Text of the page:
Parents may be able to detect symptoms of tongue disorders in children by watching for abnormal tongue placement when children form words and by listening for frequent instances of slurred speech, reports WebMD. Parents should also inspect children's teeth for gaps or spaces between front lower teeth.
During infancy, children may move the tongue around rapidly when making sounds or when swallowing, explains the American Speech-Language-Hearing Association. This condition, called tongue thrust, typically disappears as children become toddlers. Children who continue to thrust the tongue when speaking, eating and swallowing may have an orofacial myofunctional disorder. These disorders may require speech therapy to teach children how to position the tongue properly when speaking and swallowing.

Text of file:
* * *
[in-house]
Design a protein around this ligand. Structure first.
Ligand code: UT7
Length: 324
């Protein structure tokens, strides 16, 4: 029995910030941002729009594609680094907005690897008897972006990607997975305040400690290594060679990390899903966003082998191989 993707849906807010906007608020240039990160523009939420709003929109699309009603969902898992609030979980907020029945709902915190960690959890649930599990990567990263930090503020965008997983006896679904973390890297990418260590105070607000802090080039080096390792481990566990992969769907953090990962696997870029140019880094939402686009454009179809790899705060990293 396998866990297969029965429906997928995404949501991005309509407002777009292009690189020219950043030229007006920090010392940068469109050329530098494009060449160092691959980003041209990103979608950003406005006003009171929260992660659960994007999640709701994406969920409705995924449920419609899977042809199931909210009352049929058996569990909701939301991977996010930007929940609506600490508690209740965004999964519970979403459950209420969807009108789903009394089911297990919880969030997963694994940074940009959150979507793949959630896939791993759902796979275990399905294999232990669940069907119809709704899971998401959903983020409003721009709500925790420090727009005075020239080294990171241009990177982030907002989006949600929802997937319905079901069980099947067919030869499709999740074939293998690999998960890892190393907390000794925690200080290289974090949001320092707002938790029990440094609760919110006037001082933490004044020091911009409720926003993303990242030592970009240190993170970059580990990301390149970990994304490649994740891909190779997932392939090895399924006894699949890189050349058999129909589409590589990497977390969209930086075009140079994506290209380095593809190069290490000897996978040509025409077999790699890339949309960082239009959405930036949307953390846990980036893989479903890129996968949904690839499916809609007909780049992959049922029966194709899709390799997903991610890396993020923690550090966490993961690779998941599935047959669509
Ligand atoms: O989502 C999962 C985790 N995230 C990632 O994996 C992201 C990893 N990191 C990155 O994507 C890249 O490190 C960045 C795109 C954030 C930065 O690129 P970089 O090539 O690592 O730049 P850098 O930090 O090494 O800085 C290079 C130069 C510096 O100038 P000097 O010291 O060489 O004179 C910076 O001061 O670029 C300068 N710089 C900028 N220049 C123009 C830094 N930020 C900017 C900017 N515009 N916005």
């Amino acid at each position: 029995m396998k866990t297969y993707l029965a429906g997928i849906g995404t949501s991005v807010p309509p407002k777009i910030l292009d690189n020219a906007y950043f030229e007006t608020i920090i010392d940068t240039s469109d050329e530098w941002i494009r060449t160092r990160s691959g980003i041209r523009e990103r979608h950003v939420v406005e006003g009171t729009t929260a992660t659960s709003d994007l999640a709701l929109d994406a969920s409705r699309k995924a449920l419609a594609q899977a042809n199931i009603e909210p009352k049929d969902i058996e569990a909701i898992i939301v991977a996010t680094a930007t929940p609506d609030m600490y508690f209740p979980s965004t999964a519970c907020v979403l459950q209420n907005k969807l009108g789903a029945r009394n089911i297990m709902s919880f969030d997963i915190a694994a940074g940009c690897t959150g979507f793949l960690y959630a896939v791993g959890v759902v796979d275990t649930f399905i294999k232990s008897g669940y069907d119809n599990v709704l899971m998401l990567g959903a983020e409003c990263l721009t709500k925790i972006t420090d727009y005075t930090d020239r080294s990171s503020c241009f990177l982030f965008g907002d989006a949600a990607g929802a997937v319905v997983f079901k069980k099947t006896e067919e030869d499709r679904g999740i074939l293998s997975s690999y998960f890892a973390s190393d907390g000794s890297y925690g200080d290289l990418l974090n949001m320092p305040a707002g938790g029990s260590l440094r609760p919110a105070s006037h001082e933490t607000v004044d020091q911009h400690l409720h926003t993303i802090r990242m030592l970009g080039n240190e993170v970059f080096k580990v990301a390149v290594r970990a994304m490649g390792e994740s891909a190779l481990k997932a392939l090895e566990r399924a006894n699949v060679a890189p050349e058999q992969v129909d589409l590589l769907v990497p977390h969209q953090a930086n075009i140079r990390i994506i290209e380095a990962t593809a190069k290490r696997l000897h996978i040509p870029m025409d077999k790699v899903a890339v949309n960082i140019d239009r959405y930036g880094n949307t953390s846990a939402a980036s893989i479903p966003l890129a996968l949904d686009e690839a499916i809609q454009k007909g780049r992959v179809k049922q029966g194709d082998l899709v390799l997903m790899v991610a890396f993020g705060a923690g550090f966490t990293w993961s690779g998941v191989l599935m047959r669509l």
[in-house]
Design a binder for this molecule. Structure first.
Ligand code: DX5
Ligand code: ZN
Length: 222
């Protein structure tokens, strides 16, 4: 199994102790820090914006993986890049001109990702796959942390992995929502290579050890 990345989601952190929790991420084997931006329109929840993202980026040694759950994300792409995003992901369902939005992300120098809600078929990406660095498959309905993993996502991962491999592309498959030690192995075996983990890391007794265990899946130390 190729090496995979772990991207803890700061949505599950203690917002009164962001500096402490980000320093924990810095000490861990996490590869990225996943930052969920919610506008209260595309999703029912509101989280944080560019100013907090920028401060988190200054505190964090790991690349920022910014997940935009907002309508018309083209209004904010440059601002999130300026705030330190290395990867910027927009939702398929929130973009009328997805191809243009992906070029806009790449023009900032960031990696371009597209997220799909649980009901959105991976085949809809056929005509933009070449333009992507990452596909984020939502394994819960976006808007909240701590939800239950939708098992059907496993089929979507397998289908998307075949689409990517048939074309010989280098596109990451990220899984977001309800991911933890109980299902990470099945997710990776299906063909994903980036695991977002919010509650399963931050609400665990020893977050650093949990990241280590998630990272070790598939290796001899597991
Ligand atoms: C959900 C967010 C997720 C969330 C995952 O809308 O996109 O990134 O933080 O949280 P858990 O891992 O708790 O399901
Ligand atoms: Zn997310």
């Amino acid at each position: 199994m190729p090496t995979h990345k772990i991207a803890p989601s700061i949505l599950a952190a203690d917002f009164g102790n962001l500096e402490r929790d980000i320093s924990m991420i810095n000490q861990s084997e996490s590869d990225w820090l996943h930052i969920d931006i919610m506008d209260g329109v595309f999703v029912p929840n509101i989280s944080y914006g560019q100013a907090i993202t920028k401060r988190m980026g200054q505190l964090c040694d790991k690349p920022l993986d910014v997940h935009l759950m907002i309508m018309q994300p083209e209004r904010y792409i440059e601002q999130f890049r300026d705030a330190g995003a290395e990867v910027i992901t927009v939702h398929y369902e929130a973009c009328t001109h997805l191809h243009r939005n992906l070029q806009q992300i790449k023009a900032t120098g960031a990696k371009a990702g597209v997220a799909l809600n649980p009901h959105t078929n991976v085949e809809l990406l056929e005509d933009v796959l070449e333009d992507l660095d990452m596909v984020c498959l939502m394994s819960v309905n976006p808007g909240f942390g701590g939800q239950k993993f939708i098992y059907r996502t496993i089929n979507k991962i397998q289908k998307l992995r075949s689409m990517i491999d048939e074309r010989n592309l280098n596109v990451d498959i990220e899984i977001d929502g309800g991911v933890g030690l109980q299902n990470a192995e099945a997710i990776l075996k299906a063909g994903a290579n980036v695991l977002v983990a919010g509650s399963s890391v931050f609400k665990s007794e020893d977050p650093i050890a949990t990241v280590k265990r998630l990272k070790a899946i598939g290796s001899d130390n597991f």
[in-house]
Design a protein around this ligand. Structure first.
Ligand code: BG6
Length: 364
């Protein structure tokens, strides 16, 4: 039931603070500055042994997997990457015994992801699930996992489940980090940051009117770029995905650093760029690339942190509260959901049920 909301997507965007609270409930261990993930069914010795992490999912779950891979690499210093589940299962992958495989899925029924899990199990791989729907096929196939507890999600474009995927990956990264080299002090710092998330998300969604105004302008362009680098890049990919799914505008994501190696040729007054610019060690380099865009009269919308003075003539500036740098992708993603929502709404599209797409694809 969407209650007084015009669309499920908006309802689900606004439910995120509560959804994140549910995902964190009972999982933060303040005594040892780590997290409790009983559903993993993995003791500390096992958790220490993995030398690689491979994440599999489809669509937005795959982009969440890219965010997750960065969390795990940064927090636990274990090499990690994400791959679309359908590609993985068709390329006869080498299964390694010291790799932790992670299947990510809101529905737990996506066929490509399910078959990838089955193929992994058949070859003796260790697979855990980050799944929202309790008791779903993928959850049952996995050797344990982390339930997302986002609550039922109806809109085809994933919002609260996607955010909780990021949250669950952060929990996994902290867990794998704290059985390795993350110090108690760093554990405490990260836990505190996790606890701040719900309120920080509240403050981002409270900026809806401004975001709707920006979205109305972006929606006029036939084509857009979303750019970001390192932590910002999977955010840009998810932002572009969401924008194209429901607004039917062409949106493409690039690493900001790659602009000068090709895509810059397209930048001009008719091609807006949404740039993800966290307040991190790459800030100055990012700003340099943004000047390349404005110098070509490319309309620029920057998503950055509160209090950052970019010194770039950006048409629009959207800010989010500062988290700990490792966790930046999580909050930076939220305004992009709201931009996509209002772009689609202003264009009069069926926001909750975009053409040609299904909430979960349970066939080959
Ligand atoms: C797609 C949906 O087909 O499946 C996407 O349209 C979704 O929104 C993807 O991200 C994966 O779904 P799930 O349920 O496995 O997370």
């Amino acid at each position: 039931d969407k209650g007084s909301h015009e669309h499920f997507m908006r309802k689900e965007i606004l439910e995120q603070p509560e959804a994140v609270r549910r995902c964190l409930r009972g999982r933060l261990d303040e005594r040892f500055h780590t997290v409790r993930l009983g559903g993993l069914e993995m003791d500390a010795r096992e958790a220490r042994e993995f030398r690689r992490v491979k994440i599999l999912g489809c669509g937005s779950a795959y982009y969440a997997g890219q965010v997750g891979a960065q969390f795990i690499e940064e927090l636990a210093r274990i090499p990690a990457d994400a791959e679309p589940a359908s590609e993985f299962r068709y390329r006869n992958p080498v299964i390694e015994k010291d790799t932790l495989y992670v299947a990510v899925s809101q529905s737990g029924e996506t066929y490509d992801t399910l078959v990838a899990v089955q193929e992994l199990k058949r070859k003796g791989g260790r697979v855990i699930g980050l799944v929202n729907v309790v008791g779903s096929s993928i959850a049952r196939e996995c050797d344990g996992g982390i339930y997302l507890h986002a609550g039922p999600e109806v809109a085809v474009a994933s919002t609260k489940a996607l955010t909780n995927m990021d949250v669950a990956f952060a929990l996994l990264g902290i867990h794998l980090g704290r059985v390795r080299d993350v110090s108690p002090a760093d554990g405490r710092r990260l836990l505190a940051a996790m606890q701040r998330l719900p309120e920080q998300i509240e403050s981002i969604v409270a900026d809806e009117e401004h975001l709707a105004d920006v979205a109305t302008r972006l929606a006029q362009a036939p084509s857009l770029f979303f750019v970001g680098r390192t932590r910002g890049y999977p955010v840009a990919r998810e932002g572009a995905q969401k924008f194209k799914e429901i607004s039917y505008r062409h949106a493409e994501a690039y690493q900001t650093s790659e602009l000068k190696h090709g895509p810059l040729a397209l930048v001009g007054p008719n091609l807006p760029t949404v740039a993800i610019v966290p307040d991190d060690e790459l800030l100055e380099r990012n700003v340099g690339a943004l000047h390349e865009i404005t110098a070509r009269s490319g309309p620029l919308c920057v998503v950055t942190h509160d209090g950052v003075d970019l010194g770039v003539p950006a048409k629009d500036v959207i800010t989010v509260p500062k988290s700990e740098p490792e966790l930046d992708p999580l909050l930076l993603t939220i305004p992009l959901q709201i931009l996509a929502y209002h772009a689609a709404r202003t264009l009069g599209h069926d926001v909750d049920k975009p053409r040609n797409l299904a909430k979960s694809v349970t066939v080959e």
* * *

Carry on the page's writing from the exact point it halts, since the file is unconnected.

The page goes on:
In addition to observing tongue placement and listening for frequent slurring when children speak, parents may also be able to detect tongue disorders by watching how children eat food, states WebMD. Children with tongue-tie, a condition in which the tissue holding the tongue in place is too short, may have difficulty removing food from teeth using the tongue.
Inspecting the tongue for white patches, which could signal thrush, an oral yeast infection usually caused by antibiotics, allows parents to detect conditions that may require additional medications to cure, reports MedicineNet.